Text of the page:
Wow – Thanks For Responding

Yesterday, I asked for laptop advice (which continues to come in). I appreciate it all. I have not made up my mind yet, so don’t stop.

I do want to address one suggestion – Apple. There are two consistent comments I hear from Apple owners.

  • I love my Mac
  • Why don’t they write this software for my Mac?

I am much more familiar with the Windows world, where I know how most things operate – even ‘under the hood’. Mac’s operating system is based on BSD (a Unix flavor), which I’m not quite as conversant in. So, yes, that lack of deep knowledge is also a problem.

But, again, it’s the easy availability of software that’s my main concern… and the price. A comparable Mac seems to be 40-50% more than its corresponding PC.

Steffie will gladly tell you how much prettier Macs are than PCs. I agree. That isn’t entering into this decision.

I have looked at all the brands you have recommended. Believe it or not, at this time, Dell seems the best value. I have looked at a Dell laptop with Vista home premium (or whatever the second step on their ladder is called), 2Gb RAM, 120 Gb drive, 14.1″ WXGA+ resolution (love them pixels), for under $1,000.

Software or OS tech support, the scourge of PC buyers, is less of a concern for me since I do most of my own IT work. We were very satisfied with Dell when it came to hardware support.

I also appreciate the two of you who wrote to explain the difference between Core Duo and Core 2 Duo (32 vs 64 bit processor). Why don’t the laptop manufacturers reveal this on their configuration tools?

As a guy, by law, I have difficulty committing. Hopefully, tonight or tomorrow I’ll make up my mind and pull the trigger.

3 thoughts on “Wow – Thanks For Responding”

  1. I recently had to purchase an additional laptop for freelance work. This was just before the Vista release and the main Dell site was only shipping with Vista. This was not an option as I know it wasn’t compatible with the software program it would run, so I went to their outlet and ordered a “Previously Ordered New” machine that had Windows XP Pro.

    My husband and I have had 5 Dells between us to date and have had a hard drive die after 4.5 years, but was able to get all data off before it crashed completely. Not too many complaints about the machines that we have had.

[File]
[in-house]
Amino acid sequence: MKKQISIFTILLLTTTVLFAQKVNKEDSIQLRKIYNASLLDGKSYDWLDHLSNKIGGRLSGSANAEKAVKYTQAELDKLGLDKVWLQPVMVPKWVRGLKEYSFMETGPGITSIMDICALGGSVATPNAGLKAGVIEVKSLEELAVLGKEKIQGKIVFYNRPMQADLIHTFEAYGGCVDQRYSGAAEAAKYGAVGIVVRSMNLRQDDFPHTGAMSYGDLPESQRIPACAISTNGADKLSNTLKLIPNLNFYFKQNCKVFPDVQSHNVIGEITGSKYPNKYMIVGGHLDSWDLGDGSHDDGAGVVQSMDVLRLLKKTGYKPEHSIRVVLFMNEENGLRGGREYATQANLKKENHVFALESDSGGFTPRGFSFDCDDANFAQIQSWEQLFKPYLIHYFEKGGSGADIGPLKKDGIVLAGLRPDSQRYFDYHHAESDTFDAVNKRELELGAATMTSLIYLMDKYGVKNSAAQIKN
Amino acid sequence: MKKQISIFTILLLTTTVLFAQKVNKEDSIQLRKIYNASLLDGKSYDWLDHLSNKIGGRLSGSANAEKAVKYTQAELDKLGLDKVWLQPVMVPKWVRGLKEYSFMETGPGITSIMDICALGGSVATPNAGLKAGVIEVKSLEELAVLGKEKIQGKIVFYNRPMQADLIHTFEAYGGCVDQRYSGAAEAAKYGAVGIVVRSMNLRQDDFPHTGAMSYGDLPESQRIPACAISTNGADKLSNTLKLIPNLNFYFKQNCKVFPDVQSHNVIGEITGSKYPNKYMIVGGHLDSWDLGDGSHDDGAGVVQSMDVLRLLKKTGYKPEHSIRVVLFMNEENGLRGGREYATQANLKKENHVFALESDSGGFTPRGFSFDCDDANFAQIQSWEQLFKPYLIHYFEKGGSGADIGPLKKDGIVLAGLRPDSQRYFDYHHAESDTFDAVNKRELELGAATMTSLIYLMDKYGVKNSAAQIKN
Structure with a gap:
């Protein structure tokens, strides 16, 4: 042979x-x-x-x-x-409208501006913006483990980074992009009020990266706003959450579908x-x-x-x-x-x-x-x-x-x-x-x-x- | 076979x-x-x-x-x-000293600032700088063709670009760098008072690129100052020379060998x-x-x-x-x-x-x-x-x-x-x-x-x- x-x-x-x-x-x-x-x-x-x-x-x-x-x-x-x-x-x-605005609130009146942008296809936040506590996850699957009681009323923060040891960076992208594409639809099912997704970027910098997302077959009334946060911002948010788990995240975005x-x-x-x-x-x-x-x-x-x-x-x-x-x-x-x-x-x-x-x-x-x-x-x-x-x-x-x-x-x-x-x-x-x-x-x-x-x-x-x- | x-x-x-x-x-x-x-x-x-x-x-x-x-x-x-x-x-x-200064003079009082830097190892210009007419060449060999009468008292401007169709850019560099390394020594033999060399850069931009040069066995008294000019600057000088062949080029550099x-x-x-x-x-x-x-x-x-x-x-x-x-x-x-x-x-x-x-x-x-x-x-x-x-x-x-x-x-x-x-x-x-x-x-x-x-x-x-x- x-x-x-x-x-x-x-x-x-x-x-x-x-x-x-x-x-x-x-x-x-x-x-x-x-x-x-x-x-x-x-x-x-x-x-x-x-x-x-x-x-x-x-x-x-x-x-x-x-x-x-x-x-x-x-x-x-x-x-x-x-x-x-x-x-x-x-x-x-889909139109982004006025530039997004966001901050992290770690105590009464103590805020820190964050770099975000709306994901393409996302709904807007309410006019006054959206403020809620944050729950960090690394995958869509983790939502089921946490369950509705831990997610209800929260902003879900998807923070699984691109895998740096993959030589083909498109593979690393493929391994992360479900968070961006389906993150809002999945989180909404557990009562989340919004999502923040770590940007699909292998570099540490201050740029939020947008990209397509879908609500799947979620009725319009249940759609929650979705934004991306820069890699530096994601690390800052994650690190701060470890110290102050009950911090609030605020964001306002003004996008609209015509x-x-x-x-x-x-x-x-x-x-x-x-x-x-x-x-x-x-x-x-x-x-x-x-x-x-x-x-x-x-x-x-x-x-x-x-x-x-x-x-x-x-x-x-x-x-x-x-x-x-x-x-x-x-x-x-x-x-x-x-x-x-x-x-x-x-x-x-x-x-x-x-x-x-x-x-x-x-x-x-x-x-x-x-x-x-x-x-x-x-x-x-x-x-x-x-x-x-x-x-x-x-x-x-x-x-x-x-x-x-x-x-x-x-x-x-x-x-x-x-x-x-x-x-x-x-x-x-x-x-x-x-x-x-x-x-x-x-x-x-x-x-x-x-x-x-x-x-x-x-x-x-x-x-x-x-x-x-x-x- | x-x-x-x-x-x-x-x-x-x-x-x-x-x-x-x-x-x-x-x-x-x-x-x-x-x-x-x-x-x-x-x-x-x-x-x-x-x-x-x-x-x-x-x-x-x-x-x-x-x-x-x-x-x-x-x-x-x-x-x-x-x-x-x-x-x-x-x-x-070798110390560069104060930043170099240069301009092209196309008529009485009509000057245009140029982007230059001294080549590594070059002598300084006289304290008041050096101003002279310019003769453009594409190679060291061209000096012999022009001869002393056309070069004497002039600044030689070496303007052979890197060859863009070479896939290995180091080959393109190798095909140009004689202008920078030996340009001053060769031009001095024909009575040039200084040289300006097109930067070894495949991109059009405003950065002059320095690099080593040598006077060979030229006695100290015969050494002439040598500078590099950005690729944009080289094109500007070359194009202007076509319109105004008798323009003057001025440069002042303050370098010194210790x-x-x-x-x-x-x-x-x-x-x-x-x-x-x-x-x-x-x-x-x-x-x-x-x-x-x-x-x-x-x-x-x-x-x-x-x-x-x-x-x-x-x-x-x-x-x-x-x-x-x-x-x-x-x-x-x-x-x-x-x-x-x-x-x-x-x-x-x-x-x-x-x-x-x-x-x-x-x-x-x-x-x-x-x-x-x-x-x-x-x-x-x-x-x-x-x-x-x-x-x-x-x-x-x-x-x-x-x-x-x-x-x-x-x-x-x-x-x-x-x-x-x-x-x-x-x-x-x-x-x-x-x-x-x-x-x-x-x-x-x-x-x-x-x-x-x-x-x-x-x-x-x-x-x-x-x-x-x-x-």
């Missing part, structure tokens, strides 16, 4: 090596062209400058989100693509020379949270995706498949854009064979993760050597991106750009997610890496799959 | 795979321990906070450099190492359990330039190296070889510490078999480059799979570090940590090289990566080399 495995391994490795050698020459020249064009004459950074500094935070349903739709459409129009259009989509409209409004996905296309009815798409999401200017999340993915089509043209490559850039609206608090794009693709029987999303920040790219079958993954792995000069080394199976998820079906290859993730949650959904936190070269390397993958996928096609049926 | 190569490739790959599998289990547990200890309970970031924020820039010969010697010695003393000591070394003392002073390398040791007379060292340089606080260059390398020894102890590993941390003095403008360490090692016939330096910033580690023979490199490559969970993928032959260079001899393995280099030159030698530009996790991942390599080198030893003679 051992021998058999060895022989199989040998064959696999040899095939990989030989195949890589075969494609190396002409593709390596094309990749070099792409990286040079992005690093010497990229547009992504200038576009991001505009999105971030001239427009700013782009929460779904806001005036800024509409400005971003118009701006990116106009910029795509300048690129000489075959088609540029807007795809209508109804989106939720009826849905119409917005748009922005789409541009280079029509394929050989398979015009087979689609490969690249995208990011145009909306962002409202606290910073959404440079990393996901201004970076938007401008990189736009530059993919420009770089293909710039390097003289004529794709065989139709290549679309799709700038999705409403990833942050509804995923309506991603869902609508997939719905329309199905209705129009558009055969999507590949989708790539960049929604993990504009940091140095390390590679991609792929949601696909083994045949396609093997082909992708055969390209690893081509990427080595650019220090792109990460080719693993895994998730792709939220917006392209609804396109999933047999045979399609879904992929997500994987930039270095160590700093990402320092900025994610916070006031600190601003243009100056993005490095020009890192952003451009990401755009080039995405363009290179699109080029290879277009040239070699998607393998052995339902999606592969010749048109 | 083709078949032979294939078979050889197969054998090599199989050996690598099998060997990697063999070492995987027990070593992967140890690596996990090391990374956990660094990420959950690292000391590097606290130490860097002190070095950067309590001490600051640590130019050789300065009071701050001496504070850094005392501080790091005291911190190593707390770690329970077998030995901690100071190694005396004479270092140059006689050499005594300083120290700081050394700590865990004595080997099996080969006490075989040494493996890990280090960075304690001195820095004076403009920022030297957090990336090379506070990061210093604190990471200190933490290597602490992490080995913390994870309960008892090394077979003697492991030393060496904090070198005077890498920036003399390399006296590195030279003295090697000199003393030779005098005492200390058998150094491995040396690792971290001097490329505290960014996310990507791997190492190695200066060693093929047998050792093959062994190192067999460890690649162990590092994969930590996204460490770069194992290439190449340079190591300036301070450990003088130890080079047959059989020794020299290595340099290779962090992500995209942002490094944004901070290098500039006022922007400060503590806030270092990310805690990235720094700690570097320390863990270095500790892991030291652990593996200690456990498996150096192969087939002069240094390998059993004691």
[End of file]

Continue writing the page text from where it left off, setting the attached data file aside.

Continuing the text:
2. If you do go the Dell route, and are (like me) prone to accidentally damaging your computer, I highly recommend Dell’s accidental damage coverage.

    I spilled a big glass of OJ all over my computer, and Dell took it in, fixed it, and sent it back, all within a work week. No questions asked. Very worth it.

  3. If you want flexibility, an Apple laptop is the way to go. Since Apple switched to using the Intel CPUs over a year ago you can now run Windows on them – either booting directly into Windows using Apple’s Boot Camp software or running it via Parallels Desktop for Mac which uses the virtualization feature of the Intel CPU (and Parallels can now use the same installation of Windows that Boot Camp uses). Parallels allows you to not only create virtual machines for an OS that runs on the 386 family of CPUs, but you can run them concurrently within OS X. So, I can have Red Hat Linux, Windows 3.1 and Windows Vista running within OS X all at the same time if I wanted to. I’ve also read of people using Boot Camp to set up a triple-boot Mac, allowing them to chose between OS X, Windows and Linux at startup.

    As for pricing, I’d like to see which PC laptop you are comparing to which Mac laptop where the Mac is 40-50% more expensive. I’ve found that if you compare a PC laptop with the same CPU as either of the Mac laptops (MacBook or MacBook Pro) and match the other features you’ll find that they are equivalently priced and the Mac even occasionally is cheaper than the PC. If the features are not important then you’ll always be able to find a cheaper PC laptop.

    I work at a college. When I worked here from 2000-01 none of the IS department staff used Macs. I returned to work here in 2003 and since then every one of those same staff members who run the network infrastructure (much of which runs on Windows servers) have personally made the decision to switch to a Mac because they can run whatever they want on them, don’t have to deal with spyware and viruses. There have even been some staff members who’s request to switch to Mac has been denied because too many were switching.


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